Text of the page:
Mayor Thomas Menino is hosting coffee hours in May, making his way through the neighborhoods. He'll be in Dorchester on May 10 at the Byrne playground from 9:30 a.m. to 10:30 a.m.
According to a Parks Department release, Dunkin' Donuts will provide the coffee and food. Each family that attends will receive a plant grown in the city's greenhouses and will be eligible to win a raffle prize package including a "Dunkin’ Donuts gift basket, Macy’s gift certificates, Swan Boat rides, and free parking downtown for the day." (Boloco burritos not included.)
The full schedule is included below. Read more
Boston Public School officials will get the first at-bat next week as the City Council weighs Mayor Thomas Menino's $2.4 billion fiscal 2012 budget.
A Monday hearing on the BPS budget - which comes in at $829 million - starts at 9:30 a.m. in the Iannella Chamber, and is expected to stretch into the afternoon. Mark Ciommo, chair of the Ways and Means Committee, and John Connolly, chair of the Education Committee, will oversee the proceedings.
On Tuesday, at 10 a.m., city budget officials will be up, giving an overview of the budget. Read more
Apr. 21, 2011
April showers bring May flowers but come June, fresh vegetables, fruits and flowers will crop up in community gardens throughout Dorchester. The Boston Natural Areas Network is teaming up with local organizations including the Dorchester Environmental Health Coalition for the Boston Is Growing Gardens Project. In its second year, BIGG encourages residents, with and without experience, to cultivate a better community.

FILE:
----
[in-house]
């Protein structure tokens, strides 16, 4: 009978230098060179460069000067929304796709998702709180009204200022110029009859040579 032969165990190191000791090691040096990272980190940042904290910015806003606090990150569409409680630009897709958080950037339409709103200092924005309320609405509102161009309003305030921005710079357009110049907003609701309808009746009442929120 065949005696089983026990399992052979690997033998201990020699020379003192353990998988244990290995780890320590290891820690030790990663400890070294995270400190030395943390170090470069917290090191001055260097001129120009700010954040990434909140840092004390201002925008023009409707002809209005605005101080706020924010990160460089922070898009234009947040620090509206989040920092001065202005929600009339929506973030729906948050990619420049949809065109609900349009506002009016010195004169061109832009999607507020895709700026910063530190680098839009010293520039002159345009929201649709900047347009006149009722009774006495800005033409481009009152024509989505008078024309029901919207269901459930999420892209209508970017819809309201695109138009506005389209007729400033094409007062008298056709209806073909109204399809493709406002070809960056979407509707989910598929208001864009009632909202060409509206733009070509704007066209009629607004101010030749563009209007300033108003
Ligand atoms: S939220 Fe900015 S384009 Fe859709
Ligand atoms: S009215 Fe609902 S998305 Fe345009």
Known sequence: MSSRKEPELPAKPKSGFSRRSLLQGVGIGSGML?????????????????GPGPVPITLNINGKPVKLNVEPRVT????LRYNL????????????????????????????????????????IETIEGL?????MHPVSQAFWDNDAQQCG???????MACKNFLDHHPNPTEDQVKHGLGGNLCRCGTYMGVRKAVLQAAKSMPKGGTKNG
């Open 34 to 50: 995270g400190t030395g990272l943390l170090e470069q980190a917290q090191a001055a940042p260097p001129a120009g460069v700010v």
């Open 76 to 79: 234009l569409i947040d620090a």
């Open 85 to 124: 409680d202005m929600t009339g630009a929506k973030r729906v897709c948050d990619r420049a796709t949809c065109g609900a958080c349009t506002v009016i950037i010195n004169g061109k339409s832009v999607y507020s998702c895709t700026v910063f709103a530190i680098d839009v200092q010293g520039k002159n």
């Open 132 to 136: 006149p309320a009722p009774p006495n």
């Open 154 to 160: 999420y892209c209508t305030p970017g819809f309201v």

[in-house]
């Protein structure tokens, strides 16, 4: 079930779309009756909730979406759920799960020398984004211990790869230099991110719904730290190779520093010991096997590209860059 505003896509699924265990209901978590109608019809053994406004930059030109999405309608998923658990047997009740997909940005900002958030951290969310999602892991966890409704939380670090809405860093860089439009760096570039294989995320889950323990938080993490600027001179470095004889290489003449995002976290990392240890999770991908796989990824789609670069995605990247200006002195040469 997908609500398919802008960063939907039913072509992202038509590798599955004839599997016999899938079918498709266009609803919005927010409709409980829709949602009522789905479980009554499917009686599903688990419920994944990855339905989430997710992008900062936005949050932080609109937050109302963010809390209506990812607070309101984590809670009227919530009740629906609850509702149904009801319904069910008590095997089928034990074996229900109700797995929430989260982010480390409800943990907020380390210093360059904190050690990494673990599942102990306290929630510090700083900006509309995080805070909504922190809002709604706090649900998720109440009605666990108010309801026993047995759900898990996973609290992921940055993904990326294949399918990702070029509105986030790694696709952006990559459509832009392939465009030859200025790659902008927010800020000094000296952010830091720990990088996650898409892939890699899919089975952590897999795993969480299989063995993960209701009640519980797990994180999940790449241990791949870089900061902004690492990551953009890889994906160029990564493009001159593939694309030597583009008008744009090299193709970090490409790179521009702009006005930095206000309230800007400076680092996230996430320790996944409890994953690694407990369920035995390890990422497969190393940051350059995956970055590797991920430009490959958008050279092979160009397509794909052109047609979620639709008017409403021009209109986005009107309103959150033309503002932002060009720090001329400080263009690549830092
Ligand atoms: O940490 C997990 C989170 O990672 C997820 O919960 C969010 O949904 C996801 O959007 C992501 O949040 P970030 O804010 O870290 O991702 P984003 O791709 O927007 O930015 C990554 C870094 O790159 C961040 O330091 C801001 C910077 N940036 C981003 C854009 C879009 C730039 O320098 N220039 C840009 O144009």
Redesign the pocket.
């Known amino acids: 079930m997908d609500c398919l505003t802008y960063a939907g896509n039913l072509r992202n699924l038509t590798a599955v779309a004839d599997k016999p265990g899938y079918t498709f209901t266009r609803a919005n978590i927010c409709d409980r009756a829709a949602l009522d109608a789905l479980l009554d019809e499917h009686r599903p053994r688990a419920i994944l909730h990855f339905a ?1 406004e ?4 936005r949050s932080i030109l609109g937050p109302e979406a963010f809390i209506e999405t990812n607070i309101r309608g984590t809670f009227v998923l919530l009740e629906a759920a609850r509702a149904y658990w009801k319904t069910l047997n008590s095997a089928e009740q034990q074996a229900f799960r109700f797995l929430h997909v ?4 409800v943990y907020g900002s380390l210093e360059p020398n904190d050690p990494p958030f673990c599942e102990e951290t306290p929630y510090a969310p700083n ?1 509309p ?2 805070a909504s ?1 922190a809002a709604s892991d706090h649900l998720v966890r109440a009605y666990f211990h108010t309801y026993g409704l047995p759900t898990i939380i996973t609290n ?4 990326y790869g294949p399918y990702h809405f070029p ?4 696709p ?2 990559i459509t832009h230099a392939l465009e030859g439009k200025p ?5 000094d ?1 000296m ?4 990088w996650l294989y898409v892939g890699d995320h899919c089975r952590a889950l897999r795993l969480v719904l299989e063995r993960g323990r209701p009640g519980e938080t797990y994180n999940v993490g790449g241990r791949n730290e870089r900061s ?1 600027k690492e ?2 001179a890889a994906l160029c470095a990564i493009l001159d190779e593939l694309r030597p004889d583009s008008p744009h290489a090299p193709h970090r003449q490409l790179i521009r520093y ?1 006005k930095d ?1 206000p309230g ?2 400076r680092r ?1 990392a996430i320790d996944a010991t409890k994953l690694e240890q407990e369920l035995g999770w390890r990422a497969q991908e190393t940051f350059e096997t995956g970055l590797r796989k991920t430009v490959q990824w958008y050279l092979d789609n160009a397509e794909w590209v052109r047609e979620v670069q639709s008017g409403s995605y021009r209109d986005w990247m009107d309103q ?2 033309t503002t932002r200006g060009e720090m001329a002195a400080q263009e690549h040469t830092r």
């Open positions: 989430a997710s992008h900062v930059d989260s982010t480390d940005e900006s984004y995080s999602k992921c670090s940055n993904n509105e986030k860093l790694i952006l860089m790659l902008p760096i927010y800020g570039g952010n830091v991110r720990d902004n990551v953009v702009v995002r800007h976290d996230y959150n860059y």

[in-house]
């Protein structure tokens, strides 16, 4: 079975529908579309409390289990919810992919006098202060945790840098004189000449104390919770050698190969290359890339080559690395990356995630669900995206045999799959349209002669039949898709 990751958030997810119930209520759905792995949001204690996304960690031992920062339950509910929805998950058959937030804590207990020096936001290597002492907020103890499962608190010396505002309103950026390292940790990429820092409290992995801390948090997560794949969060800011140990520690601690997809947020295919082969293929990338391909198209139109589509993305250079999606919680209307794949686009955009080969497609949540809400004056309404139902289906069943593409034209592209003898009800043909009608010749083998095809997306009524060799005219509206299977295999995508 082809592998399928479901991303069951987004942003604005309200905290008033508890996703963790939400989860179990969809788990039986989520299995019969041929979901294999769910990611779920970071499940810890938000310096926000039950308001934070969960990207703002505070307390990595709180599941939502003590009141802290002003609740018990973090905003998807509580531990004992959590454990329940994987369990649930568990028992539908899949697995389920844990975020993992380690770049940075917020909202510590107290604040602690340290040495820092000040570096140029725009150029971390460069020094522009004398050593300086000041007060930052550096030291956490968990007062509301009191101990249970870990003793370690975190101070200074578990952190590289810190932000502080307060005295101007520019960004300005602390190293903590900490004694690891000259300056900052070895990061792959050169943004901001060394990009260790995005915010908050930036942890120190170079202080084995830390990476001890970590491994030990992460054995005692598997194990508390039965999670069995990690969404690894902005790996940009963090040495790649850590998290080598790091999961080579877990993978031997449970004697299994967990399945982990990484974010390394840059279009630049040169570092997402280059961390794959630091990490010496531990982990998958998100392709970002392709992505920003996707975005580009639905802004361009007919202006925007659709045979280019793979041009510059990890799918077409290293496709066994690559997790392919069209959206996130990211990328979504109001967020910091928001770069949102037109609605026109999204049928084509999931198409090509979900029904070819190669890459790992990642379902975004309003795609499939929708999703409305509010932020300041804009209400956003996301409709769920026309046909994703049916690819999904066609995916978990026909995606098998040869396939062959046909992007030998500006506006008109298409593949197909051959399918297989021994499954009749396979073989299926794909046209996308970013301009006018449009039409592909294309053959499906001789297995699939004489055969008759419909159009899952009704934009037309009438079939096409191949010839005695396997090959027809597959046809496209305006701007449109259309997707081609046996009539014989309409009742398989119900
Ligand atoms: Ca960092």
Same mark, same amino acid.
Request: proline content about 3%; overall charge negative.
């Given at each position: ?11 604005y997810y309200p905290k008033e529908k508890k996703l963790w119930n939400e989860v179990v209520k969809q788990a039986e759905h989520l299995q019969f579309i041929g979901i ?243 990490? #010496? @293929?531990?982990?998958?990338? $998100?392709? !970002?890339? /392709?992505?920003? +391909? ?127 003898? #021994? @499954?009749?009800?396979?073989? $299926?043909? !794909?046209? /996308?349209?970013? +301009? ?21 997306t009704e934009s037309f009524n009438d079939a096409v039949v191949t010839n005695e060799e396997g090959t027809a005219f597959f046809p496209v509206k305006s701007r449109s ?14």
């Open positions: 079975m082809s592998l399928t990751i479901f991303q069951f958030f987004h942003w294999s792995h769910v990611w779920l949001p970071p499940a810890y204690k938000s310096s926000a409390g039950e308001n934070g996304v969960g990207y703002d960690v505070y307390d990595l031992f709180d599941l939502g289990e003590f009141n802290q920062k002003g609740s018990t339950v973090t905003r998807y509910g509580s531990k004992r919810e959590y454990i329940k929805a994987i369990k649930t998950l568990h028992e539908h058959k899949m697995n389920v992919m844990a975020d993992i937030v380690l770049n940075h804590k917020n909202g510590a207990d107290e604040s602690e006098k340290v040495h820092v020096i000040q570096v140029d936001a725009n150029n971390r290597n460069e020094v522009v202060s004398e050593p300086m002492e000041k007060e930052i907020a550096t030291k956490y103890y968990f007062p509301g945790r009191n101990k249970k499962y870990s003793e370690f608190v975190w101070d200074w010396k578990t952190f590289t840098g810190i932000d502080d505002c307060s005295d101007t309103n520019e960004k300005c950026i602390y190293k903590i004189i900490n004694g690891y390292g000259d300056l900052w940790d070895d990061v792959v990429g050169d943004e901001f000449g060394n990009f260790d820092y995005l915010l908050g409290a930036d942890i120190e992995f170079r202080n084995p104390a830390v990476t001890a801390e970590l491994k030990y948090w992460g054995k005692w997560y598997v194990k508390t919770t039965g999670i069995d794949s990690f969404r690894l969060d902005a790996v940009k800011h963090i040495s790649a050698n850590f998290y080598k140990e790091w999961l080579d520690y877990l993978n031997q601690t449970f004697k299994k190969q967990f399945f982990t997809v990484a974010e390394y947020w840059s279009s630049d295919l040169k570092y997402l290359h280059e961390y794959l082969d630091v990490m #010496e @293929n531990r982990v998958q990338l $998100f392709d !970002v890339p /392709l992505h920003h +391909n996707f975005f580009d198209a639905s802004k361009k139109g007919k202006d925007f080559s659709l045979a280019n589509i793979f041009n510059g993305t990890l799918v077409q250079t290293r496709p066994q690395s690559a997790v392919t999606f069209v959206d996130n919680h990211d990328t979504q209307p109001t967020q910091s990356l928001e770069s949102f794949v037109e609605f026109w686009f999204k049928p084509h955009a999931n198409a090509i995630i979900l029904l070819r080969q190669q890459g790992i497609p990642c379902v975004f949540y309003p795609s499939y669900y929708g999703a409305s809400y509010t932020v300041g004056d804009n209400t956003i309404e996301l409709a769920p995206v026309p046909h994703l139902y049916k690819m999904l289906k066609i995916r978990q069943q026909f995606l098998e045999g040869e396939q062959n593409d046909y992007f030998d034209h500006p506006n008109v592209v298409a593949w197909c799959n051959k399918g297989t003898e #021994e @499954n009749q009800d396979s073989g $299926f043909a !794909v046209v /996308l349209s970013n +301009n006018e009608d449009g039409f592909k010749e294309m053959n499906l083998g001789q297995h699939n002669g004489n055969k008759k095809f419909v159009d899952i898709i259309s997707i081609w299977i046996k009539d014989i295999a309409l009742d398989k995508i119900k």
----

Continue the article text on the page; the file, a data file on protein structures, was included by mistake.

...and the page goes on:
Project manager and BNAN staffer Grantley Payne emphasizes that BIGG will benefit the neighborhood in many different ways. “The message is great things are happening in community gardens. We want more of our residents taking advantage of them,” Payne said. Read more
Apr. 21, 2011
The Mattapan Food and Fitness Coalition (MFFC) will be holding two events at the Mattapan Library in upcoming weeks. On Saturday, April 23, the group will unveil a project titled “Healthy on the Block,” a partnership with the Boston Public Health Commission. The project aims to increase access and visibility to healthy food options in Mattapan’s corner stores. Two stores, Mama’s Market and Lily’s Market, both located on Blue Hill Ave, have already started working with consultants from the BPHC under this program. MFFC hopes to expand the project into two more stores in the near future. Read more
Dorchester Park, the 30-acre, Olmsted-designed jewel that anchors our neighborhood to the south, has a magical quality this time of year. The buds are poking out from their winter slumber, the trees are springing back to life and kids are once again swarming the ballfields and playground.
Dot Park has benefited from a tremendous civic lifeline that has grown up around it over the last two decades. The Dorchester Park Association, Inc.— led by the indefatigable Jane Boyer— has helped to program and clean the park each year and is the driving force behind a fantastic line-up of events this season, including Saturday morning’s Easter Egg Hunt (10 a.m. sharp at the tennis courts). Boyer has able and energetic help from a team of park enthusiasts, including Richard O’Mara, the owner of Cedar Grove Gardens, who has been instrumental in organizing fundraisers and helping to coordinate clean-ups and tree plantings. Read more